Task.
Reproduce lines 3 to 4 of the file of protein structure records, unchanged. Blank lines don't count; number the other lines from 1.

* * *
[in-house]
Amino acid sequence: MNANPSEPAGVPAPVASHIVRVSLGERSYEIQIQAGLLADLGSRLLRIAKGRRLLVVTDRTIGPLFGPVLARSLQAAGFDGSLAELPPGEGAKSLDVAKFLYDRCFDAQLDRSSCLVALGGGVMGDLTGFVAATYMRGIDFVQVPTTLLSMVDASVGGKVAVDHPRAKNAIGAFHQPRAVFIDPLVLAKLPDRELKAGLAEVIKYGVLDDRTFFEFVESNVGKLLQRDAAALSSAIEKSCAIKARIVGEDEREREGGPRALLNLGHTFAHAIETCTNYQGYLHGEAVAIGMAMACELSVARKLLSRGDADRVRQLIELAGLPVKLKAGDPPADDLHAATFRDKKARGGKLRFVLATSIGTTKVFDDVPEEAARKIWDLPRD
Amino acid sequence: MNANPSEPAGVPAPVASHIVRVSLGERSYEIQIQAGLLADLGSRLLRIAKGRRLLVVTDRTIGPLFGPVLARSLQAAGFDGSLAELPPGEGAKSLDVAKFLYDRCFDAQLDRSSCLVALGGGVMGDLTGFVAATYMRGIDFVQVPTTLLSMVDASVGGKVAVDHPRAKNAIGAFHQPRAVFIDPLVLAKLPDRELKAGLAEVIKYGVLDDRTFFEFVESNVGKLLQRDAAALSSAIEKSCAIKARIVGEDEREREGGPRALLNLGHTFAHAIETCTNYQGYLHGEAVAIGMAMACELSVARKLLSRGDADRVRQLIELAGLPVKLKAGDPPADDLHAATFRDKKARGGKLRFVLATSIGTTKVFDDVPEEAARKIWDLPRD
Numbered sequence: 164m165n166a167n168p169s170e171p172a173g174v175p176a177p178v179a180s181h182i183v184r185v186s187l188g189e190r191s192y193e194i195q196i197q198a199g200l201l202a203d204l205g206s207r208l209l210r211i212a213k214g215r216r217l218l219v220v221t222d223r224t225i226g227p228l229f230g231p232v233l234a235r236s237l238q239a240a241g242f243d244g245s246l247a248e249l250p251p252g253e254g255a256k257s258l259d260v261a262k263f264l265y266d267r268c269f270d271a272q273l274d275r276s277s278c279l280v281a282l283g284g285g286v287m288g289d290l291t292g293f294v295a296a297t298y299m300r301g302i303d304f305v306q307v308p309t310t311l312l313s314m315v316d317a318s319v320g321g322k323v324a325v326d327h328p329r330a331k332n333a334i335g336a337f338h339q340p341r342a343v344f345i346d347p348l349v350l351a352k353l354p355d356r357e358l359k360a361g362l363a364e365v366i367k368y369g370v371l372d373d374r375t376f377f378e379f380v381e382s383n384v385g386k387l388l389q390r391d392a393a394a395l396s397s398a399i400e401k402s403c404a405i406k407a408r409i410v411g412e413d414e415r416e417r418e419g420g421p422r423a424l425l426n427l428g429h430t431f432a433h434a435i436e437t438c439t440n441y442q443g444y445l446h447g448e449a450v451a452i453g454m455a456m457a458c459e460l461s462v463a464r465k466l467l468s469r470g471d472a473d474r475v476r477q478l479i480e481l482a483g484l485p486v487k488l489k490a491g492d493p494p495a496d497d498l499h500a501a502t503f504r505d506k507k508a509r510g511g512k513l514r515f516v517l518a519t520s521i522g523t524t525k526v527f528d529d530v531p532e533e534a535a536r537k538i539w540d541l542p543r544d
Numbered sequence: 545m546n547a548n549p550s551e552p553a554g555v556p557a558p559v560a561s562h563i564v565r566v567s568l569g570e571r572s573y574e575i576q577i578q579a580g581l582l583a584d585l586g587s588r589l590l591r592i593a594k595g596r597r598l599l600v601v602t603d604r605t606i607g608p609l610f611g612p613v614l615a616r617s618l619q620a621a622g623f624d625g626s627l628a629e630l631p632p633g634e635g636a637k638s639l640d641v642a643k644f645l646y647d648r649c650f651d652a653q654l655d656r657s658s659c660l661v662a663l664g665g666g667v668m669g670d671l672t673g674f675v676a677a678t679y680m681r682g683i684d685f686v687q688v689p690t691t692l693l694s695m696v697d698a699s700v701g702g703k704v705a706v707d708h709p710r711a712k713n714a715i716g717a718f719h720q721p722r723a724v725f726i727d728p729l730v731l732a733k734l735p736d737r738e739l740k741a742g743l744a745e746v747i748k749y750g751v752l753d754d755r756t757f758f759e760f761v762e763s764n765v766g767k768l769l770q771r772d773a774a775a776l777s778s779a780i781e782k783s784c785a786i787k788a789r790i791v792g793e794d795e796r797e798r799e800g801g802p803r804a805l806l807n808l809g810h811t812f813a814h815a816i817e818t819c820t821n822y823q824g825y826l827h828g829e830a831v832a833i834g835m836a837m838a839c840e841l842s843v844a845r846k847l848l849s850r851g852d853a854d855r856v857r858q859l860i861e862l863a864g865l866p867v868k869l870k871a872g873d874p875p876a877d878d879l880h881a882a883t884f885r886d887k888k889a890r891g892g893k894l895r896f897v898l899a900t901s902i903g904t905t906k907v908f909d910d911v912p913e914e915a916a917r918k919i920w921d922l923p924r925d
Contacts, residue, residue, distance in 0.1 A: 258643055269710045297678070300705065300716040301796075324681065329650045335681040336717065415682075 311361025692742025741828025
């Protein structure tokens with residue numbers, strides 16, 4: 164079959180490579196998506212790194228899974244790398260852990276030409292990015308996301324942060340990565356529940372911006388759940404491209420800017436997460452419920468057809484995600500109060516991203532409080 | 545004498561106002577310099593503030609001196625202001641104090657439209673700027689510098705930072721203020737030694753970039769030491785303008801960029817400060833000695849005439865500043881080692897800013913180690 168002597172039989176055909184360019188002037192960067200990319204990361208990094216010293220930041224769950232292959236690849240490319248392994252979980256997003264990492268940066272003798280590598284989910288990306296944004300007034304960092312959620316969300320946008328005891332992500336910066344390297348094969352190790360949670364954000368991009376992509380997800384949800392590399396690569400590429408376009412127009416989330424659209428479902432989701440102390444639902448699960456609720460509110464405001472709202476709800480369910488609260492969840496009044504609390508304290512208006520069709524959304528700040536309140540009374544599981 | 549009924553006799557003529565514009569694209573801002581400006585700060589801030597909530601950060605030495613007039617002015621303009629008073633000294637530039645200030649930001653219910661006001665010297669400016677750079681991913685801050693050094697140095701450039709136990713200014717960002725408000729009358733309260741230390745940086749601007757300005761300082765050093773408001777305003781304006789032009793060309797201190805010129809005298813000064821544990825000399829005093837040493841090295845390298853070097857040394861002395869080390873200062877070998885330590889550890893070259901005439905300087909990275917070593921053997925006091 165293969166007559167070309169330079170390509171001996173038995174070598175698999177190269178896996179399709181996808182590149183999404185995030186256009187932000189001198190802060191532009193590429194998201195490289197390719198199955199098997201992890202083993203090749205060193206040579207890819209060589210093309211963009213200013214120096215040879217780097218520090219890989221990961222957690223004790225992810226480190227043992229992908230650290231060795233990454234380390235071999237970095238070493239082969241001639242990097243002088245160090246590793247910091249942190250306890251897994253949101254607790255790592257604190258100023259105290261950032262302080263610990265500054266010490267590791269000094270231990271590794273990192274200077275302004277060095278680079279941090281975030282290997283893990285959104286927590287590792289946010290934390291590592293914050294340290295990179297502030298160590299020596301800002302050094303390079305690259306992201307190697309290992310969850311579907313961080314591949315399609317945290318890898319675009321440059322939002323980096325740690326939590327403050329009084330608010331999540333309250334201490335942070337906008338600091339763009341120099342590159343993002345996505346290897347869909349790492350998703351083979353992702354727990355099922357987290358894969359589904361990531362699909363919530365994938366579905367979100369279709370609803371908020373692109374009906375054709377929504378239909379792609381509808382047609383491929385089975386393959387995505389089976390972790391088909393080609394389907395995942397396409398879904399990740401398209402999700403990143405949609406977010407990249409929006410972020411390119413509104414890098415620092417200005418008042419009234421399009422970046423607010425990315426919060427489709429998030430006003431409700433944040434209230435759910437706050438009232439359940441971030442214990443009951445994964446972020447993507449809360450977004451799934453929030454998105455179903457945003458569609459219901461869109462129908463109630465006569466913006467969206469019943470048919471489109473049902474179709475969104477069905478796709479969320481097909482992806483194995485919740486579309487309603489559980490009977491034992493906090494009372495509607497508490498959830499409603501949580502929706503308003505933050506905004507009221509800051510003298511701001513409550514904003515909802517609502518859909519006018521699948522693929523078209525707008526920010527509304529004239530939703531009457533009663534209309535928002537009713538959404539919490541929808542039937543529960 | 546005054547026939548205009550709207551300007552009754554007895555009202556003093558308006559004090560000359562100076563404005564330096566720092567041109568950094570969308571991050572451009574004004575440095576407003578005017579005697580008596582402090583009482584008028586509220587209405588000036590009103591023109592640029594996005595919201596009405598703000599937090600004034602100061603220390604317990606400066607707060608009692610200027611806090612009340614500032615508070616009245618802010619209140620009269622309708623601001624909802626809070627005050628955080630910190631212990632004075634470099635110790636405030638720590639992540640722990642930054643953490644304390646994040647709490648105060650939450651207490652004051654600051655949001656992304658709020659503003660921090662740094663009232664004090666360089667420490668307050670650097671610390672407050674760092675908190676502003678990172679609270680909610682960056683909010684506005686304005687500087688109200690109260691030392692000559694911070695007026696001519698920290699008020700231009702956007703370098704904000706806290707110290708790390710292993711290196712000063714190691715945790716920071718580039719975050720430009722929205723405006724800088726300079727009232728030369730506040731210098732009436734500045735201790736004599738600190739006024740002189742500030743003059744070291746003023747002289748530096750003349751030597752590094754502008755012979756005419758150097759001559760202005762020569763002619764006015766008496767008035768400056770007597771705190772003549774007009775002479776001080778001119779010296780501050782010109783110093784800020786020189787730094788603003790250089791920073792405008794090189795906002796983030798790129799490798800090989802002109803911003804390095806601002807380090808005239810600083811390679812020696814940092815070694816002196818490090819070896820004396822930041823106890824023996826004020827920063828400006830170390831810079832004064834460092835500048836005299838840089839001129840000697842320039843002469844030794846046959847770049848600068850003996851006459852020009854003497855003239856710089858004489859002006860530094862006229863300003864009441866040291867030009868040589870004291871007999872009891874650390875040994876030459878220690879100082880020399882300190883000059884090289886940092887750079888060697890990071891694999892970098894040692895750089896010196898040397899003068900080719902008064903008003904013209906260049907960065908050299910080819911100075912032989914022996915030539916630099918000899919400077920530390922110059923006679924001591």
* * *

Amino acid sequence: MNANPSEPAGVPAPVASHIVRVSLGERSYEIQIQAGLLADLGSRLLRIAKGRRLLVVTDRTIGPLFGPVLARSLQAAGFDGSLAELPPGEGAKSLDVAKFLYDRCFDAQLDRSSCLVALGGGVMGDLTGFVAATYMRGIDFVQVPTTLLSMVDASVGGKVAVDHPRAKNAIGAFHQPRAVFIDPLVLAKLPDRELKAGLAEVIKYGVLDDRTFFEFVESNVGKLLQRDAAALSSAIEKSCAIKARIVGEDEREREGGPRALLNLGHTFAHAIETCTNYQGYLHGEAVAIGMAMACELSVARKLLSRGDADRVRQLIELAGLPVKLKAGDPPADDLHAATFRDKKARGGKLRFVLATSIGTTKVFDDVPEEAARKIWDLPRD
Numbered sequence: 164m165n166a167n168p169s170e171p172a173g174v175p176a177p178v179a180s181h182i183v184r185v186s187l188g189e190r191s192y193e194i195q196i197q198a199g200l201l202a203d204l205g206s207r208l209l210r211i212a213k214g215r216r217l218l219v220v221t222d223r224t225i226g227p228l229f230g231p232v233l234a235r236s237l238q239a240a241g242f243d244g245s246l247a248e249l250p251p252g253e254g255a256k257s258l259d260v261a262k263f264l265y266d267r268c269f270d271a272q273l274d275r276s277s278c279l280v281a282l283g284g285g286v287m288g289d290l291t292g293f294v295a296a297t298y299m300r301g302i303d304f305v306q307v308p309t310t311l312l313s314m315v316d317a318s319v320g321g322k323v324a325v326d327h328p329r330a331k332n333a334i335g336a337f338h339q340p341r342a343v344f345i346d347p348l349v350l351a352k353l354p355d356r357e358l359k360a361g362l363a364e365v366i367k368y369g370v371l372d373d374r375t376f377f378e379f380v381e382s383n384v385g386k387l388l389q390r391d392a393a394a395l396s397s398a399i400e401k402s403c404a405i406k407a408r409i410v411g412e413d414e415r416e417r418e419g420g421p422r423a424l425l426n427l428g429h430t431f432a433h434a435i436e437t438c439t440n441y442q443g444y445l446h447g448e449a450v451a452i453g454m455a456m457a458c459e460l461s462v463a464r465k466l467l468s469r470g471d472a473d474r475v476r477q478l479i480e481l482a483g484l485p486v487k488l489k490a491g492d493p494p495a496d497d498l499h500a501a502t503f504r505d506k507k508a509r510g511g512k513l514r515f516v517l518a519t520s521i522g523t524t525k526v527f528d529d530v531p532e533e534a535a536r537k538i539w540d541l542p543r544d